Washington: The United States will share the COVID-19 vaccine with the rest of the world if it has a surplus, US President Joe Biden said on Wednesday.
"If we have a surplus, we are going to share it with the rest of the world. We have already decided we are going to work with the outfit COVAX. We've committed USD 4 billion to help get the funding for more vaccines around the world," he told reporters at the White House.
"This is not something that can be stopped by a fence, no matter how high you build a fence or a wall. So we're not going to be ultimately safe until the world is safe," Biden said.
"So we are going to start off making sure Americans are taken care of first but we are then going to try to help the rest of the world," Biden said in response to a question.
Earlier, the president lauded the "historic, nearly unprecedented collaboration" between Johnson and Johnson and Merck as he underscored the move to secure an additional 100 million doses of Johnson and Johnson vaccine. The CEOs — Alex Gorsky from Johnson and Johnson and Kenneth Frazier from Merck — praised him and thanked him in their brief comments.
"Today, we're seeing two health companies, competitors, each with over 130 years of experience coming together to help write a more hopeful chapter in our battle against COVID-19. I just had an opportunity to meet with both of these CEOs and with their senior operating officers. And to hear about the work they're doing together to produce a vaccine, substitute and accelerate what they call to take it to full finish," he said.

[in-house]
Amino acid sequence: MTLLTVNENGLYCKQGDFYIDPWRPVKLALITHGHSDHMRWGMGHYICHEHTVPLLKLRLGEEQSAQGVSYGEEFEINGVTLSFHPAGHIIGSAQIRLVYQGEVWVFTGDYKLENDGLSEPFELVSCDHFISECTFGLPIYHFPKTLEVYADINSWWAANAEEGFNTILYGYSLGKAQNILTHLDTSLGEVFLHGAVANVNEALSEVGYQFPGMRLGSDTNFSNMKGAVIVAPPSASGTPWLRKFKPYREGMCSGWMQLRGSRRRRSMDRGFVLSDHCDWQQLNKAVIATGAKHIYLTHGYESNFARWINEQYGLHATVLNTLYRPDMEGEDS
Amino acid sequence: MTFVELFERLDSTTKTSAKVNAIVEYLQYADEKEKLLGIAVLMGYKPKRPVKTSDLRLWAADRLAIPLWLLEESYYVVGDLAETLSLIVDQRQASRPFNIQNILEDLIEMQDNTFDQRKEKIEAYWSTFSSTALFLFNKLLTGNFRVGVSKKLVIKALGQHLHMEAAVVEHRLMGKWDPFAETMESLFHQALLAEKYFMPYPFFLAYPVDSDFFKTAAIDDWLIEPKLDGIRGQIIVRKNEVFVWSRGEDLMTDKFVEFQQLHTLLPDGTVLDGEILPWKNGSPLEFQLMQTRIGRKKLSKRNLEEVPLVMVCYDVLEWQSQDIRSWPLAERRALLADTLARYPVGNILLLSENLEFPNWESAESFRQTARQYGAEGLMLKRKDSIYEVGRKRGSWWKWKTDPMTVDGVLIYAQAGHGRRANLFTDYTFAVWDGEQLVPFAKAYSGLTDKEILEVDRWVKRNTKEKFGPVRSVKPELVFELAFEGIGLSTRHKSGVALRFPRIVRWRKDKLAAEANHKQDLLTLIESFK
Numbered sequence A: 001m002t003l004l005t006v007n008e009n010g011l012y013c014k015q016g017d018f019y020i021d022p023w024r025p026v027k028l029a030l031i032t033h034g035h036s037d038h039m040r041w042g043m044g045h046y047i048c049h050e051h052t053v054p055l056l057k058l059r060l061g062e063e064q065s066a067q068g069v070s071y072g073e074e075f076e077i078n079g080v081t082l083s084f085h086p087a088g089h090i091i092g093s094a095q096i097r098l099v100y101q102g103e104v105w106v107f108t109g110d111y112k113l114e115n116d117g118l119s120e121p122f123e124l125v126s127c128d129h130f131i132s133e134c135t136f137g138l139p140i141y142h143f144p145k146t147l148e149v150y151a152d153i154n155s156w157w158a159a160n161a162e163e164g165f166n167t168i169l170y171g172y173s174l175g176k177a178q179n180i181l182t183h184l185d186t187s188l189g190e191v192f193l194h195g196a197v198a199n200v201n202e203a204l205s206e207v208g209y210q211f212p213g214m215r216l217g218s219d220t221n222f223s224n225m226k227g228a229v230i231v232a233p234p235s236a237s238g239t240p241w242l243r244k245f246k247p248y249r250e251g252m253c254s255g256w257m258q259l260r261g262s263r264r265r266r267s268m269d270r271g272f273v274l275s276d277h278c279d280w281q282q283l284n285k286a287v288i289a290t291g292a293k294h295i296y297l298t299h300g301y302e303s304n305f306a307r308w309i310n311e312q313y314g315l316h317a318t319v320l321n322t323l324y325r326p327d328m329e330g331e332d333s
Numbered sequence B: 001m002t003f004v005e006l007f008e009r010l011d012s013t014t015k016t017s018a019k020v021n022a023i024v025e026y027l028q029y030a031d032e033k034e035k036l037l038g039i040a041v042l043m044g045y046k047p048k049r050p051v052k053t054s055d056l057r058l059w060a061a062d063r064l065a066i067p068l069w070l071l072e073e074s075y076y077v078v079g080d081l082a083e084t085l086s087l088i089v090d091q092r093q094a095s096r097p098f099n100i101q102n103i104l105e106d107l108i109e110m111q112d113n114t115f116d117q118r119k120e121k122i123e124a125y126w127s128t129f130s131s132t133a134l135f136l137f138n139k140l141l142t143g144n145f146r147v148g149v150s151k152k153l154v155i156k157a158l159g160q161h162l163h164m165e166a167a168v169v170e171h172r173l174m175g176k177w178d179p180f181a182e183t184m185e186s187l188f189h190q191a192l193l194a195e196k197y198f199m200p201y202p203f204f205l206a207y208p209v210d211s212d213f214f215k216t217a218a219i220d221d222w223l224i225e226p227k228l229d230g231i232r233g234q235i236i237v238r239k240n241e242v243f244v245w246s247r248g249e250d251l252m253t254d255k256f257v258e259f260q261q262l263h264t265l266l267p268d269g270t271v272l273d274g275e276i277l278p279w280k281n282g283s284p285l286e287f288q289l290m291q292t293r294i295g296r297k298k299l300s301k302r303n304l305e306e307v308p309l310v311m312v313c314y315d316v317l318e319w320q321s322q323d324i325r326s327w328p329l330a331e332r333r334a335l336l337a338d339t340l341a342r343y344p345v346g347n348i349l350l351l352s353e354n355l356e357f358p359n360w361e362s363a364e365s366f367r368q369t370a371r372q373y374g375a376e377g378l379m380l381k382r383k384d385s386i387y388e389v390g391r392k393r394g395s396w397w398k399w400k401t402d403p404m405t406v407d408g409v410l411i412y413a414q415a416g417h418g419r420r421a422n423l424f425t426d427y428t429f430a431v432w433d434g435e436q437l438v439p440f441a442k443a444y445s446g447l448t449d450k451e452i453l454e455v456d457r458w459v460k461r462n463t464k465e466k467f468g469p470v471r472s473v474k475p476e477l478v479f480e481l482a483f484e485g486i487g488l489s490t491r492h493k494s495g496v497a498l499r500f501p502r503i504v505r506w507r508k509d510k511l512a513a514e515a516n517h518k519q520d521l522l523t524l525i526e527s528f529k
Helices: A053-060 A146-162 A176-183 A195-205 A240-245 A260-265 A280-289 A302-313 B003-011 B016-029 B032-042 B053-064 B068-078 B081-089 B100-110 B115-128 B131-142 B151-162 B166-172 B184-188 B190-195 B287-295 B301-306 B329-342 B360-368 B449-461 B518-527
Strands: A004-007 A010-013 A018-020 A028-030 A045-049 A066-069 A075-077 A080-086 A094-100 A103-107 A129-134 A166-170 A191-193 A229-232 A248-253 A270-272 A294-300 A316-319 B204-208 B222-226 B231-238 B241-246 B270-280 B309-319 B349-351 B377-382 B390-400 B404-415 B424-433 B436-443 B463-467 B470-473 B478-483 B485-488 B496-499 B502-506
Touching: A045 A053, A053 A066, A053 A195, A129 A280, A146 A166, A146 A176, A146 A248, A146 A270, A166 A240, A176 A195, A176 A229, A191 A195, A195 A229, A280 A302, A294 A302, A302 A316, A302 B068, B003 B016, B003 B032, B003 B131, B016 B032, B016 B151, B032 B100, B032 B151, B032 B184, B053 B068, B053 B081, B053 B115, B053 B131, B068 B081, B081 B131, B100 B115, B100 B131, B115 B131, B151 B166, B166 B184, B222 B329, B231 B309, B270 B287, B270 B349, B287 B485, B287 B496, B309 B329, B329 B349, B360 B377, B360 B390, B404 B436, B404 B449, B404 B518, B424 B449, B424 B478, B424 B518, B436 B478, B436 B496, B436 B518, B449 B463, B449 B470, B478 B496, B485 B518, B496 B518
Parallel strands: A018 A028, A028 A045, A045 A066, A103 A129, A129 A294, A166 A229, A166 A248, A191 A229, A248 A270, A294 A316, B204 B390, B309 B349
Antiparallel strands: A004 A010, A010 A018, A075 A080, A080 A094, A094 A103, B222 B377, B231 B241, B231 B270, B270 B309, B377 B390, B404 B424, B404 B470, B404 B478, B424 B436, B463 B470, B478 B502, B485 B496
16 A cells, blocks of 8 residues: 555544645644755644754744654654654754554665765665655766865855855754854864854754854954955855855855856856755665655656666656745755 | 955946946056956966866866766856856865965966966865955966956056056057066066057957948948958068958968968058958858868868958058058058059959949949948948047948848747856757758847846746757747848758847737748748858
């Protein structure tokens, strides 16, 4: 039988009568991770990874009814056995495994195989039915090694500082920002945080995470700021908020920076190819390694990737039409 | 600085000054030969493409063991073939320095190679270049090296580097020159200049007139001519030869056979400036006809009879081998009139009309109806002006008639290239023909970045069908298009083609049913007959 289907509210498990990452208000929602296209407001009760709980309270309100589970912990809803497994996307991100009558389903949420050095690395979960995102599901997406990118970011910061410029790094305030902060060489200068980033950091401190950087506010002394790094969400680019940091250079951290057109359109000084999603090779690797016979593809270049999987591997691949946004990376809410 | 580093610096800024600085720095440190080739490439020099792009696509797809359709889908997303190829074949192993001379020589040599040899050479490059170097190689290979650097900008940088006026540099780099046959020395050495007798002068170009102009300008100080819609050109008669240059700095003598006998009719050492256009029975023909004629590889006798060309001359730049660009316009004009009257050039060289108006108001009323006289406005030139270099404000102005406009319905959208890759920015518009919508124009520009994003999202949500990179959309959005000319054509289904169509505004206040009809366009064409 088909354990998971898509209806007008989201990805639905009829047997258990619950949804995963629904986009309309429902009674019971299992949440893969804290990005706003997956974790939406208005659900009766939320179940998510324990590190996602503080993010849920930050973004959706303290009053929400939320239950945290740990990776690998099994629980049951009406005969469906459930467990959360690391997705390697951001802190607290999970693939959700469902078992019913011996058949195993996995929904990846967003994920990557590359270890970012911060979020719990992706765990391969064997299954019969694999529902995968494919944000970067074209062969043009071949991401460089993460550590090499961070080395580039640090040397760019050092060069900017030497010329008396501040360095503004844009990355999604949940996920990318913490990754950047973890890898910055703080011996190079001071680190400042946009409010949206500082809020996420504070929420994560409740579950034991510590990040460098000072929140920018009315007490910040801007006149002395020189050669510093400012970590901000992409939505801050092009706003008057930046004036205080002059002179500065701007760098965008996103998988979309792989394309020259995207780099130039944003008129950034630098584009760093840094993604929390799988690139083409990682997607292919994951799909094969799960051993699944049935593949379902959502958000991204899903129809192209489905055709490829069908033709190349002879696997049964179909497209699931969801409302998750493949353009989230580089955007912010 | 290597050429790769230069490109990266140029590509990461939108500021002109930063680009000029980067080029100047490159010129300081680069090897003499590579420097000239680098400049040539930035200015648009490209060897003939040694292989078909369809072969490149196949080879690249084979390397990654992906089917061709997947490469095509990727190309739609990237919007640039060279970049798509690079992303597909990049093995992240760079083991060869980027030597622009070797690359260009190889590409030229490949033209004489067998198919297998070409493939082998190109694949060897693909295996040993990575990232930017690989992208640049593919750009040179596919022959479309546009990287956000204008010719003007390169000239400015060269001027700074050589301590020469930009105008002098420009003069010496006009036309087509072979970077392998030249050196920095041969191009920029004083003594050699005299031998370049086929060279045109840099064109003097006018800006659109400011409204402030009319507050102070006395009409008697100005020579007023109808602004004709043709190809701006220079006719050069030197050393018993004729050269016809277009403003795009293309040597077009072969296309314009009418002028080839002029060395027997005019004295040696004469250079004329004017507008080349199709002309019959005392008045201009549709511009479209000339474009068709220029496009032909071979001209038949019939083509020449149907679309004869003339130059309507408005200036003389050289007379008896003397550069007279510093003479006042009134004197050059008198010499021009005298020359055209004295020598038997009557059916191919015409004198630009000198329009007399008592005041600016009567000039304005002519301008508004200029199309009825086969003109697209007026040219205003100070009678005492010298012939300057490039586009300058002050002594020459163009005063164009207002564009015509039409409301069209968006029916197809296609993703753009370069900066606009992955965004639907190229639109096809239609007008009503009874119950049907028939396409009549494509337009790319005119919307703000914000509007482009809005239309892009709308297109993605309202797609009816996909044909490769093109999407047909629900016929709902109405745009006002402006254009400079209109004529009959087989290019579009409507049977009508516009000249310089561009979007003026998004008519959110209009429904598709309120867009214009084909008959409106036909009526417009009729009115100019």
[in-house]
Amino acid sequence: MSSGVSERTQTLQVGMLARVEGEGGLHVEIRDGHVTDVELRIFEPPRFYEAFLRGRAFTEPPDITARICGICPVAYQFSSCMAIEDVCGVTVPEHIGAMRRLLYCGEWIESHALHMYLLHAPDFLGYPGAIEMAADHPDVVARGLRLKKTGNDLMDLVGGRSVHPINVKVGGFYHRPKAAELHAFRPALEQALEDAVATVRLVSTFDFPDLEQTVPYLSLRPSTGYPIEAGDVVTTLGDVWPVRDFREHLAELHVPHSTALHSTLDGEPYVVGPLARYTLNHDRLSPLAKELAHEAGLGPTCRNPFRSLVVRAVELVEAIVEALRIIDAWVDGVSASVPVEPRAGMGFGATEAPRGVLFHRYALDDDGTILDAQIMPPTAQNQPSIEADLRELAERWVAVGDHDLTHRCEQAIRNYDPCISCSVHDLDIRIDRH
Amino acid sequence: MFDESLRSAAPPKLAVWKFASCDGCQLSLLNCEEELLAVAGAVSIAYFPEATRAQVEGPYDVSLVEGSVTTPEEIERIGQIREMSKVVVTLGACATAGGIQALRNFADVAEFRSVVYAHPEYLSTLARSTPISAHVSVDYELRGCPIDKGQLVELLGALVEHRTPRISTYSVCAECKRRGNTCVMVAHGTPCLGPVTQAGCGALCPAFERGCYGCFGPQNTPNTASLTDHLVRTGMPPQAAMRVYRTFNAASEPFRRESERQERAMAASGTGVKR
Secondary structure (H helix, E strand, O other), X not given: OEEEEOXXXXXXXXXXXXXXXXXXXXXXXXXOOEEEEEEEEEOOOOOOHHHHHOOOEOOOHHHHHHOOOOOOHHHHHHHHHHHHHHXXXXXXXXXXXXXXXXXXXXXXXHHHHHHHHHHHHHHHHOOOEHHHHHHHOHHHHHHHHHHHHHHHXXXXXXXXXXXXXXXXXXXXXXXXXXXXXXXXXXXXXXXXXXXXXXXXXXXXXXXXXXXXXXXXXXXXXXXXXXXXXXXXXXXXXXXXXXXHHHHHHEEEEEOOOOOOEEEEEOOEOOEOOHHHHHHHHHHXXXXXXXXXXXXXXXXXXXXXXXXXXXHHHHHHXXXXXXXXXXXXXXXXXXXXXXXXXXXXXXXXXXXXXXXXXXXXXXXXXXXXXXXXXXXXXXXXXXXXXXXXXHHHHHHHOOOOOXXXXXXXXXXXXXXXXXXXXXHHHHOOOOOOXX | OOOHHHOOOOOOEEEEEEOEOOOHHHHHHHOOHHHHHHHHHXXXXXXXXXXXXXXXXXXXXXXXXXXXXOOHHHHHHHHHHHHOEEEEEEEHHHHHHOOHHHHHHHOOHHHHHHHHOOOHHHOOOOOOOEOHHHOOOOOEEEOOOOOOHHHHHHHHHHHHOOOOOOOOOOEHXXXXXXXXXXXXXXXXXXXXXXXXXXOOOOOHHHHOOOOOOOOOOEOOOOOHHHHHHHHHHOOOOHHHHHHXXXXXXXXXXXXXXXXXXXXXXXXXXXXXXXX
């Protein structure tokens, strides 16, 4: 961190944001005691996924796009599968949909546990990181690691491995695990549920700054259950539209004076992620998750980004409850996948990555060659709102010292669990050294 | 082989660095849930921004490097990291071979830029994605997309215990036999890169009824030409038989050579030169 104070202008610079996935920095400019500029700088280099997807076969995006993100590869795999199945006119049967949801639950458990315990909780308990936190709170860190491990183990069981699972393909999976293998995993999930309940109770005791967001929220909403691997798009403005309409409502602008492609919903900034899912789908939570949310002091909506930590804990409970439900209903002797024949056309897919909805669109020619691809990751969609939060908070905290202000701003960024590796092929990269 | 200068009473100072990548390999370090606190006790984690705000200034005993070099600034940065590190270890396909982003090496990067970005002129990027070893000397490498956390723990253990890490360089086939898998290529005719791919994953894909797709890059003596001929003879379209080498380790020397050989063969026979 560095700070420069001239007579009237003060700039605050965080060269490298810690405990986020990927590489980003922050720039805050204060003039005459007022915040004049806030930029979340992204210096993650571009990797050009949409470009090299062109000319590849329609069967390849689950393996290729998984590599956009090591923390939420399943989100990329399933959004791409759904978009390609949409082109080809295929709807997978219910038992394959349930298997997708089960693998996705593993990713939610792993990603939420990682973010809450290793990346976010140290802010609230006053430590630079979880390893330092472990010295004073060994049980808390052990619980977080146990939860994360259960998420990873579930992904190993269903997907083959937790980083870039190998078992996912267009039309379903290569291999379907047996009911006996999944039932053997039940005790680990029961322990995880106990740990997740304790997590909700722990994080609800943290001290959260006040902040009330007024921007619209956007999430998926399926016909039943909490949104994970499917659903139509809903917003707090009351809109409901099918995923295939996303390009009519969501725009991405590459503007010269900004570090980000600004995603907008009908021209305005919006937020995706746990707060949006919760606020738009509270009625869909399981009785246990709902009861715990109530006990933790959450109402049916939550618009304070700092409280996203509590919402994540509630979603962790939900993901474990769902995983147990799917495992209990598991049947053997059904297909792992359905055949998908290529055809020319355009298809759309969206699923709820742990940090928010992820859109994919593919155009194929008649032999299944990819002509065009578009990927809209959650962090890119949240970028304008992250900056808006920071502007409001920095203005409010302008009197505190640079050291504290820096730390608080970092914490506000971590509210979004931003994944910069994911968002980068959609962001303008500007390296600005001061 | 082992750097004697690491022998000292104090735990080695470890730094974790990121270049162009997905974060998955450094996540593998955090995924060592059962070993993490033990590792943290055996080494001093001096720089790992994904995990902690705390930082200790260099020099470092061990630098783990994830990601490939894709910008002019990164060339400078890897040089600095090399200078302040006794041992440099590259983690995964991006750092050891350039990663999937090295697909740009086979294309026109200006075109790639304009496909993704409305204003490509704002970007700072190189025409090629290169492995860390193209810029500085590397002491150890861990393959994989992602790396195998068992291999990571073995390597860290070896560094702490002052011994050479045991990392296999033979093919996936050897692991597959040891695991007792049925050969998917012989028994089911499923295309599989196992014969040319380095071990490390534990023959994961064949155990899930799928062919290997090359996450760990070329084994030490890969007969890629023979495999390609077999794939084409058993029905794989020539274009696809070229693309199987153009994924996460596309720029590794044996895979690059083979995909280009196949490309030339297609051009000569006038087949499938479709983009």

It's not just Johnson and Johnson and Merck, Pfizer and Moderna also work closely with the administration to help speed up the delivery of millions more doses, he said.
"The result is that we're now on track to have enough vaccine supply for every American adult by the end of May. Months earlier than anyone expected. And today I'm directing Jeff and my HHS Team to produce another 100 million doses and purchase another 100 million dose of the Johnson and Johnson vaccine," he said.
Biden said that on Thursday he would deliver a primetime address to the American people and talk about what the country has been through as a nation this past year. "More importantly, I'm going to talk about what comes next. I am going to launch the next phase of the COVID response and explain what we will do as a government and what we will ask of the American people," he said.
"There is a light at the end of this dark tunnel over the past year. We cannot let our guard down now or assume the victory is inevitable. Together, we are going to get through this pandemic and usher in a healthier and more hopeful future," Biden said.
In his brief remarks, Gorsky said that the American pharma industry realised in the early days of the pandemic that vaccine development — it wasn't a race against each other as competitors. "It's really a race against time to defeat a common enemy," he said.
"Today we're at war with COVID-19 and public-private partnerships like the historic one that we're celebrating today, well they're a major reason that last week I was privileged enough to witness some of the very first residents in our home state of New Jersey receiving doses of our vaccines just 13 months after we started the development process," Gorsky said.
Frazier said that COVID-19 pandemic has affected all areas of global community and added it has created profound challenges and hardships, especially for the most vulnerable and disadvantaged people and communities.
"It has also shone a light on the resilience of our first responders, scientists, healthcare workers, and those providing essential community services: the real heroes of this challenging moment," he said.
"At Merck, we are proud to contribute to the global response to the pandemic. Through this collaboration with our colleagues at Johnson and Johnson and the Biden administration, we will work together to enable more timely delivery of much needed medicines and vaccines for the pandemic," he said.